What My Cat Has Taught Me About Marketing: Avoiding Obsolescence

The domesticated feline was long ago just a wild animal. It’s objectives of food, shelter and survival were achieved on it’s own without human intervention. One day this changed. One day, humans figured out that having cats around could be helpful in protecting their crops and stores from things like rats and birds.

I’m sure it was just a convergence of markets. The humans had a high byproduct of rats and birds, which the cats wanted. The humans wanted to be rid of those creatures and the cats were happy to oblige. A partnership was born.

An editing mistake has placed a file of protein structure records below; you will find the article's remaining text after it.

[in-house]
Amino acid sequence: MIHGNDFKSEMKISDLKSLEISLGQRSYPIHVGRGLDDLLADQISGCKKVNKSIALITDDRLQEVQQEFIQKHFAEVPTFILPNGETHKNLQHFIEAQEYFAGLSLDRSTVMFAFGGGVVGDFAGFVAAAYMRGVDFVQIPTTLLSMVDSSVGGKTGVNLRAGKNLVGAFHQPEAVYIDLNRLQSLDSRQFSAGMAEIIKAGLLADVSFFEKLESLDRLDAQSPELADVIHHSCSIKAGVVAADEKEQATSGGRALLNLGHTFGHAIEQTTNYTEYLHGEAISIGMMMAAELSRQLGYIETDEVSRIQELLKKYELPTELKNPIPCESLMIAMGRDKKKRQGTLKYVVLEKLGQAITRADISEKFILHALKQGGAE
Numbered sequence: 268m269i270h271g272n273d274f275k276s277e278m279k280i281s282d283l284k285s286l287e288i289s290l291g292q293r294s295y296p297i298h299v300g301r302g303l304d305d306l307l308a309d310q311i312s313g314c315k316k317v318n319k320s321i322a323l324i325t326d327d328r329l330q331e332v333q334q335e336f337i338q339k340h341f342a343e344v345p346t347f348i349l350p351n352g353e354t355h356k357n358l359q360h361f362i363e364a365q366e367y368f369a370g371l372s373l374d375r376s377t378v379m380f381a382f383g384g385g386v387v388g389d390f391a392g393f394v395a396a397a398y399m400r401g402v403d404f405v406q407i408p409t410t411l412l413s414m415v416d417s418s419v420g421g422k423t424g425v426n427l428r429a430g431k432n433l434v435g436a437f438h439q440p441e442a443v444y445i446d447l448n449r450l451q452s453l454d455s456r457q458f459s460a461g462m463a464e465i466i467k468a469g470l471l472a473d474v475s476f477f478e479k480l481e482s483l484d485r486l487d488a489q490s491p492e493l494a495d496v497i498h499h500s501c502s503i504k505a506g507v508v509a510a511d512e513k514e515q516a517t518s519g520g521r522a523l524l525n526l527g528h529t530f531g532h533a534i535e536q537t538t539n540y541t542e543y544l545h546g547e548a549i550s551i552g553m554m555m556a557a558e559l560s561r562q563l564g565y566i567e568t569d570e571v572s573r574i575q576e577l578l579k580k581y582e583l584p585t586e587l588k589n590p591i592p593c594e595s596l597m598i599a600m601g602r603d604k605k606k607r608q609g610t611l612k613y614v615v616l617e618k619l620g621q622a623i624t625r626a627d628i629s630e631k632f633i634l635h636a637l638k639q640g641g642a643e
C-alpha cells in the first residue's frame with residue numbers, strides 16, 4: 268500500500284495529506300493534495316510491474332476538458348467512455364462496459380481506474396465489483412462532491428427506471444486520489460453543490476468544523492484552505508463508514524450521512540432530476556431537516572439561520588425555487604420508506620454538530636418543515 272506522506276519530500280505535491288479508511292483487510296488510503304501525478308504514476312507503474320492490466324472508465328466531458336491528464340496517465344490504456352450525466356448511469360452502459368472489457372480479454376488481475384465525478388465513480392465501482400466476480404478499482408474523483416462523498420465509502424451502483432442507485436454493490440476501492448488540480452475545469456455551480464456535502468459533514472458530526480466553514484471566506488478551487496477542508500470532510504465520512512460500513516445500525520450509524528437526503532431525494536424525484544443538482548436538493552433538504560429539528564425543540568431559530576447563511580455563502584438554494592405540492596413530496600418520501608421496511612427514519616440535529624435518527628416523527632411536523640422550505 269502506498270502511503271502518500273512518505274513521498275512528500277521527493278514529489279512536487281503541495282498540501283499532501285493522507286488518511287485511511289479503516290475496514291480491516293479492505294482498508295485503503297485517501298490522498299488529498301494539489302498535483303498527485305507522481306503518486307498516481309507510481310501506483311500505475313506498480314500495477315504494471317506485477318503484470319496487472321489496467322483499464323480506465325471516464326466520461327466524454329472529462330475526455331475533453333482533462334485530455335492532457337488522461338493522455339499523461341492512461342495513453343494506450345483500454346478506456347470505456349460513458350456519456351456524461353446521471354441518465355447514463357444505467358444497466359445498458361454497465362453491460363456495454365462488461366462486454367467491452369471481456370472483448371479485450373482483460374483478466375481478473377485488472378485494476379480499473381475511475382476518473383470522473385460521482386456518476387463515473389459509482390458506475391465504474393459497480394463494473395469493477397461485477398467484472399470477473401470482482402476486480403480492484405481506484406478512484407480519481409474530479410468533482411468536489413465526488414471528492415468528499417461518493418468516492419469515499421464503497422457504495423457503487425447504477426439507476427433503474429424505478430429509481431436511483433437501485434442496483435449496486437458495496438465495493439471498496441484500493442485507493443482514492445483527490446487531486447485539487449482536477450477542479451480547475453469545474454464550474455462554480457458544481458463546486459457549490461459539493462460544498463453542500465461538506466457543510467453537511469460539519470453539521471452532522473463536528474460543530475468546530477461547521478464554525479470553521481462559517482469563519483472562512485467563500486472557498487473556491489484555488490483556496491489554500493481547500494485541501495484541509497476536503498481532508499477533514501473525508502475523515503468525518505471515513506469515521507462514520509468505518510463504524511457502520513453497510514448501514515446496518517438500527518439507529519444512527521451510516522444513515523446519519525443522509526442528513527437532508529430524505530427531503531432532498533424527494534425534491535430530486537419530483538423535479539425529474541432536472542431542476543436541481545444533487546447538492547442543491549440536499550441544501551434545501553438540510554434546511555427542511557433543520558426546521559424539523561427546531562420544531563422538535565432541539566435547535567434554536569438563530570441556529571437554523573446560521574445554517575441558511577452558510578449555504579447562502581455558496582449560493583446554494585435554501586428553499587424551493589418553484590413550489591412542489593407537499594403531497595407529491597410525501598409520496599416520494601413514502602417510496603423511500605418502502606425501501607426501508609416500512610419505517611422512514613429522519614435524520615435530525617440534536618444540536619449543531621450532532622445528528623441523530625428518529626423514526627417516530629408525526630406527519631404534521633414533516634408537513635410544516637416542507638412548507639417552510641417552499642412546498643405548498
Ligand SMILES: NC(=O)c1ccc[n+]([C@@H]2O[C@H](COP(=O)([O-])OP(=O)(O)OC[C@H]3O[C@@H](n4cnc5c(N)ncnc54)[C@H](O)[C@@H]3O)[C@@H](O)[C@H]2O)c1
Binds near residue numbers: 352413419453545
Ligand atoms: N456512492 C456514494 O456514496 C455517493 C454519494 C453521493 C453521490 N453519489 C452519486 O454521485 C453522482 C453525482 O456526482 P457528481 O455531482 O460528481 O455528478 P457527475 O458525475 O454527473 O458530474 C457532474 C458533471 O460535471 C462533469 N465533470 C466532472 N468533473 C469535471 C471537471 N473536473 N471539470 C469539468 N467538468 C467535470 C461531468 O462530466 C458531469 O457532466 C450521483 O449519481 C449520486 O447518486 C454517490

Eventually that partnership evolved, the cats becoming more and more used to the humans and the humans more and more used to the cats. Cohabitation occurred and then the unthinkable – the humans started to feed the cats.

How did the cats get out of the heavy lifting of mousing and into the luxury of being cared for? When did they stop being a work animal and start being a lap warmer?

I can’t tell you which cat came up with the genius idea to change their marketing strategy towards humans, but it worked like a charm. Sure there were some marketing faux pas (the black plague) but eventually cats really got things going for them. With a growth in urban development cats weren’t simply obsoleted.

They rebranded themselves as companions, rather than work animals.

Now I have two cats whose major contribution to my life includes furballs and bed-time snuggles. That’s a long way from the mouser, and neither party seems unhappy with the arrangement.

Markets change. If a cat can figure out how to adapt, can’t you?

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